How do treadmills affect your running performance?
Whether you prefer to enjoy your runs outdoors or not, chances are at some point, every runner has had their go on a treadmill.
And why not? It’s great for quick, structured workouts and helps ease the burden of running out and about in bad weather. While the treadmill does come with many pros (and cons, as you can read in our previous blog post here), one aspect that is not always considered is the long term effect that treadmill running can have on a runner’s gait.
Research has found that there are a few small differences between how your runs when using a treadmill to how you run in an outdoor environment.
While these differences in your running gait are only small, understanding how treadmills can affect these changes could help you to monitor your running and keep yourself both injury-free and performing efficiently.
Stiffness of the Surface
One big difference you’ll notice in your running is down to the change in the texture of the ground between indoor and outdoor running, in particular, the soft nature of a treadmill belt.
Research has found that runners tend to rack up the most miles on concrete which is tough, hard ground and considerably contrasted to the spongey belts found on treadmills.
Why this matters is that, for most runners, running on a softer surface every once in a while is good for giving your legs a break from the solidity of concrete, yet in the long-term, this softness may lower your threshold for running on the hard ground if using the treadmill regularly instead of outdoor running.
In some circumstances, such as returning to running after injuries like lower-limb stress fractures, returning to running on a treadmill is a suitable and good way to get back into the swing of things and help improve recovery.
That said, for other injuries, such as returning after a calf or achilles injury, running on a softer surface of a treadmill could prove detrimental, as you’d be better off easing back into a harder ground to avoid straining your calf muscles and aggreviating your conditions. Treadmill running has been found to place a bigger strain on the soleus muscle within your calf, and as such, could hold up your full recovery.
Belt speed variation
Another thing to consider when thinking about the effects of long-term treadmill use on your gait is the speed of the treadmill belt, which research has shown does contribute to your biomechanics.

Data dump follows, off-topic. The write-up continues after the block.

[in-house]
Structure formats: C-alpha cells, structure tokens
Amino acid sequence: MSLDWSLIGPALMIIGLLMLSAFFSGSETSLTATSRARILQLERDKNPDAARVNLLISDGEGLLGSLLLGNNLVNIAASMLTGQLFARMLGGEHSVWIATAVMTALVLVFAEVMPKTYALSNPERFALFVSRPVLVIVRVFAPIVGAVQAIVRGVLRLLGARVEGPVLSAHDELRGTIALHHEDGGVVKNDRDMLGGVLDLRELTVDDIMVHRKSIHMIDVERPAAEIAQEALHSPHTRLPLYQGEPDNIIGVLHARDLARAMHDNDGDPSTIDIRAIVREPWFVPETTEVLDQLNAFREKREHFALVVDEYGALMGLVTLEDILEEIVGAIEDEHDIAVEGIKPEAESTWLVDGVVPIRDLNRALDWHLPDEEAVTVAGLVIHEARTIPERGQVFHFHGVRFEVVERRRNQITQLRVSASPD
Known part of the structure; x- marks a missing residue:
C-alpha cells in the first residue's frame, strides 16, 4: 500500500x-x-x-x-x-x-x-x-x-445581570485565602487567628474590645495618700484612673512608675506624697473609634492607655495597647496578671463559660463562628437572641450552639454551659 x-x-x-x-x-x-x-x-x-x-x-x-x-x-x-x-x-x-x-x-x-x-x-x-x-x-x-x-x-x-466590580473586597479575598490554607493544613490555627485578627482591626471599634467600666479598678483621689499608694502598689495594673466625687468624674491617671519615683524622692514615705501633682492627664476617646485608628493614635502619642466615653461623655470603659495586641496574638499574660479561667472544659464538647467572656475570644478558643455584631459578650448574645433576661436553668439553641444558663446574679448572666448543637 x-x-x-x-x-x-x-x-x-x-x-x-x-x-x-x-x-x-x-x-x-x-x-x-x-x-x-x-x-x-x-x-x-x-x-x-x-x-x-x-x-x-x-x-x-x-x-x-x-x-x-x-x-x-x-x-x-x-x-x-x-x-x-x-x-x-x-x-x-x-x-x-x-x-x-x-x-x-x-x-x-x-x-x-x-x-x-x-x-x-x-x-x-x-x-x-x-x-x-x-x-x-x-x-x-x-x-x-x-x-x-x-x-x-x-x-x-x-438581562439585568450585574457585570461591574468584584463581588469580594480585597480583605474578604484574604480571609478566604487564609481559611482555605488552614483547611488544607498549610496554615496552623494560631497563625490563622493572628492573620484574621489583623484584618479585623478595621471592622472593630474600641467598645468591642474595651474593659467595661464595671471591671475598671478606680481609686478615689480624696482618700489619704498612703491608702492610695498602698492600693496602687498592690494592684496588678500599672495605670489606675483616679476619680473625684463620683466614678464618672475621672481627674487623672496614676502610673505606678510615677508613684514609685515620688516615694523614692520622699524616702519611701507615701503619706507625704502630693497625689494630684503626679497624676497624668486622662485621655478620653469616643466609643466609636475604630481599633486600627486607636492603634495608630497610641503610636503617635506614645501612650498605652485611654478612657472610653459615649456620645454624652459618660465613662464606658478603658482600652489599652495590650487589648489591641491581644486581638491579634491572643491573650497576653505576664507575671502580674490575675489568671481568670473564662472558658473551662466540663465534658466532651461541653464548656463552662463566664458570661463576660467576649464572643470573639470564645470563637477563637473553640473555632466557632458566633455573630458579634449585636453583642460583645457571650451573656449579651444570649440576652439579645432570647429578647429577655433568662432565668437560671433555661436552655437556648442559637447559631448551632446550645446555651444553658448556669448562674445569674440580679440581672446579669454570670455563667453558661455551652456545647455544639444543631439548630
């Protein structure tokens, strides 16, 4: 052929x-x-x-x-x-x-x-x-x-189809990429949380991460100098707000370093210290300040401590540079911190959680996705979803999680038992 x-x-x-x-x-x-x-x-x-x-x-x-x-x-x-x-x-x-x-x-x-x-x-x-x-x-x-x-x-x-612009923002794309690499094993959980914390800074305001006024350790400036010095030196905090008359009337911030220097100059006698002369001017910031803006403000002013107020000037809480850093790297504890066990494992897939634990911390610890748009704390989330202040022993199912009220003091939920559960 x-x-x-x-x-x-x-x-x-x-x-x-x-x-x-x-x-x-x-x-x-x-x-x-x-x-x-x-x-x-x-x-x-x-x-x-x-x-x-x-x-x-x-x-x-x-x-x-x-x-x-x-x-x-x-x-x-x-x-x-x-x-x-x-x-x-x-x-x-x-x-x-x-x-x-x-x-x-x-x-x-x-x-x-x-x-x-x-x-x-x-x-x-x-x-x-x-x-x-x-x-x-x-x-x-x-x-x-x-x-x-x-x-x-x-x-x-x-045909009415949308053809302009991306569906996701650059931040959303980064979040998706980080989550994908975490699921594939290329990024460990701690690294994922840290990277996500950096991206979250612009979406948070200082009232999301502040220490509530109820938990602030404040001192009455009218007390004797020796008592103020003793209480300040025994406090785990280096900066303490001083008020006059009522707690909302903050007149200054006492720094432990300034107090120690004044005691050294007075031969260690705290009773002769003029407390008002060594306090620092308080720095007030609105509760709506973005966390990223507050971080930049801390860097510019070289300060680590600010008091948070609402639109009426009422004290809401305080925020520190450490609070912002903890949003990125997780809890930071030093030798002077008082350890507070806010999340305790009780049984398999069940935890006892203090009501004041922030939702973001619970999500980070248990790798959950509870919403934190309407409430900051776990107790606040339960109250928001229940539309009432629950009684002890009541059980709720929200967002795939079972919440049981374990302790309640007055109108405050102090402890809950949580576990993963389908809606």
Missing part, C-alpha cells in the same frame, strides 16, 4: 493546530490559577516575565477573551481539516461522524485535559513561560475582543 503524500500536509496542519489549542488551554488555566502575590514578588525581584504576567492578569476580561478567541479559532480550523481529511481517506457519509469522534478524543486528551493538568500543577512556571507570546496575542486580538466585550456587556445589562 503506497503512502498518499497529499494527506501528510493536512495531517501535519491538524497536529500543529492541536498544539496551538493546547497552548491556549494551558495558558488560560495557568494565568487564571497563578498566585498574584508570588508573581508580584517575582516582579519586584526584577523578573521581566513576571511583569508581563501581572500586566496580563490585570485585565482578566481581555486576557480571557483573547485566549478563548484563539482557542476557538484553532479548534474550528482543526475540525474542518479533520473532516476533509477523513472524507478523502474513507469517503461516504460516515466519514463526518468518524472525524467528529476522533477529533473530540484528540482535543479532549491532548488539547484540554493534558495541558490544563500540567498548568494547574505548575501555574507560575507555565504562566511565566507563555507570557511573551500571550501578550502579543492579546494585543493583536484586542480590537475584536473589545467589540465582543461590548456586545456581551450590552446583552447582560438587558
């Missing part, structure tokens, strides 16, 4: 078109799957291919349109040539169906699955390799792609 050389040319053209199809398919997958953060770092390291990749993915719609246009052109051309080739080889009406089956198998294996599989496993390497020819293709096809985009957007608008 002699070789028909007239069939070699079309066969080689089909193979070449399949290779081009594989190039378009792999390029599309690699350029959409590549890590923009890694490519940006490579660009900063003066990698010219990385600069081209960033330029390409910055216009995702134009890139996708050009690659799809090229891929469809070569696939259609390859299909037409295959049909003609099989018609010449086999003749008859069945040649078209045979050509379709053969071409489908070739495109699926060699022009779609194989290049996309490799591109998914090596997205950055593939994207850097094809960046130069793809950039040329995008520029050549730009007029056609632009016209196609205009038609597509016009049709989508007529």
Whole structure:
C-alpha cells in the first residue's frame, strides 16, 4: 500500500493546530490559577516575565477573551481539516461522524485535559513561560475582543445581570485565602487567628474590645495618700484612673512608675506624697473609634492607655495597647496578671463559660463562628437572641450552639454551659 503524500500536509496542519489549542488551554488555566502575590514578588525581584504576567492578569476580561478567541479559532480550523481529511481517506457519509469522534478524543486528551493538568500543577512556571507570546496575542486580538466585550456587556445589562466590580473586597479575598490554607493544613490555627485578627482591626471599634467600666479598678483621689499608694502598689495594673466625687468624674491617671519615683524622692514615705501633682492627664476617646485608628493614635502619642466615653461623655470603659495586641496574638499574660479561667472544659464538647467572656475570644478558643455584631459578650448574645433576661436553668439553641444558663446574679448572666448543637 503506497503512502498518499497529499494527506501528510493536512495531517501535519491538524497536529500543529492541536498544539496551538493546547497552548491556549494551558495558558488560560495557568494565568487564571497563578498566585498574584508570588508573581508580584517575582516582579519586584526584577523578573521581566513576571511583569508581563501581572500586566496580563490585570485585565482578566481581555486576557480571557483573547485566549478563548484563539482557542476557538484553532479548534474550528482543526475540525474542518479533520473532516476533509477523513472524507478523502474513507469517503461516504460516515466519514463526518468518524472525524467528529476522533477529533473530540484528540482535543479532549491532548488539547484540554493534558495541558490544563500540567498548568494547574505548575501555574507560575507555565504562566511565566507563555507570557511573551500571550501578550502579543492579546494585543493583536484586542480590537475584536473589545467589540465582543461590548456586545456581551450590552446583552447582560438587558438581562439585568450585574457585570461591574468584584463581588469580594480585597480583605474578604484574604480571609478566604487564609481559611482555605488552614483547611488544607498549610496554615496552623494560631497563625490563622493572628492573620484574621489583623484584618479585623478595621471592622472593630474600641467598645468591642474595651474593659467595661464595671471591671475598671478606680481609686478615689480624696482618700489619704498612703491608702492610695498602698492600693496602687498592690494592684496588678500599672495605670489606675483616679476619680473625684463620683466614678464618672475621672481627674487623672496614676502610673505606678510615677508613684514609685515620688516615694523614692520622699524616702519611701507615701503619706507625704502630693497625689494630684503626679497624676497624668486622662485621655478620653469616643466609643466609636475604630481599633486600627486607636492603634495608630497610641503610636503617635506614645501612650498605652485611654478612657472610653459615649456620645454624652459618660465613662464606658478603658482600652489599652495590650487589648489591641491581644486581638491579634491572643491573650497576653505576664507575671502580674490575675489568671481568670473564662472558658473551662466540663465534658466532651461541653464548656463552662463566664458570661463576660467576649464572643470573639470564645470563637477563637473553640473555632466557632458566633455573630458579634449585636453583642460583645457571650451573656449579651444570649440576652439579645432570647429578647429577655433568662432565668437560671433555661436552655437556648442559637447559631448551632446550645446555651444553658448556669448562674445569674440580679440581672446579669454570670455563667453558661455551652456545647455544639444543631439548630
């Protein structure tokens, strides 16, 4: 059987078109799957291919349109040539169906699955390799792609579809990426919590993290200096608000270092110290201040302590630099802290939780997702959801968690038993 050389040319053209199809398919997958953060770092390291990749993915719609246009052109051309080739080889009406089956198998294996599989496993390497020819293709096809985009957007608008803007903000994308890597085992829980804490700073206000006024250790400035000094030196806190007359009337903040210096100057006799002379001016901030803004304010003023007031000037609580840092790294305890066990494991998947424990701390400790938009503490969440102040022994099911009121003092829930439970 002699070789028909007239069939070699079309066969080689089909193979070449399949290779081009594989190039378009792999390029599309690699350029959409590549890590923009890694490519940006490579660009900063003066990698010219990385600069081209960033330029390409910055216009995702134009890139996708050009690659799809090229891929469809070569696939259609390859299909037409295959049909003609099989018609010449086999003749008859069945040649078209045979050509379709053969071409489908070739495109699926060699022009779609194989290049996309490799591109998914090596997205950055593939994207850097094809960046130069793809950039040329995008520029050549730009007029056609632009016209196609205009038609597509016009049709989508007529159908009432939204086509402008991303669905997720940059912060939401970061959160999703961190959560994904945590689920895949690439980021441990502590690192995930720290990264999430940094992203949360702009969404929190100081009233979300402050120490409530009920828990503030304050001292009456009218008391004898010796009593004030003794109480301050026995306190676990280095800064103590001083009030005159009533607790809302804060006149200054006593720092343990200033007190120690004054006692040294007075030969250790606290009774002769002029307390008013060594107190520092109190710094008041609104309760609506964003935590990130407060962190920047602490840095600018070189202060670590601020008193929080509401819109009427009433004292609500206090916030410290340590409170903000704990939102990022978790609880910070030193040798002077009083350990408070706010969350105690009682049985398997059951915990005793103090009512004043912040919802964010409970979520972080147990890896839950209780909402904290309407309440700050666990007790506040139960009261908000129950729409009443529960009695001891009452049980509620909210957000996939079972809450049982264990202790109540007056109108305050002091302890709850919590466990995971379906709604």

For example, on older treadmills, the speed can become inconsistent, in particular, when you’re running fast. Over time, this inconsistent, fluctuating speed is not ideal if you’re training to run with a set pace goal in mind, so be sure to always check your equipment is working properly.
In terms of harder, more gruelling and regimented workouts, and if running outside is an option, then many would argue that the reliability of outdoor running may be beneficial for achieving targeted paces and form.
It’s also been found in recent studies that runners who are used to running on treadmills are less likely to actively change the way that they run.
In contrast to this, individuals who weren’t avid treadmill users showed a tendency to actively alter their stride, while also displaying a slight increase in energy cost, meaning that a typically comfortable pace would instead feel a tad more difficult — a discomfort which, if consistently felt, can lead to a change towards shorter stride lengths.
Of course, if you’re a runner who typically runs outside rather than on the treadmill, you’ll expect to feel a little difficulty adjusting to the new format of running.
As such, it’s advised for new treadmill users to think of the equipment as a training tool, rather than just the place you go for a run, and as such, you should aim to start slowly and work your way up towards a full and typical run as you adjust.
Treadmills are an undeniably useful apartus for aiding runners in times of injury recovery, structuring training schedules, and getting runs in when you fancy escaping bad weather.
But certain factors may come into play when using the treadmill reguraly that could have an impact on aspects of your running, from the softness of the ground, the pacing of your runs and the comfort and ease at which you can perform.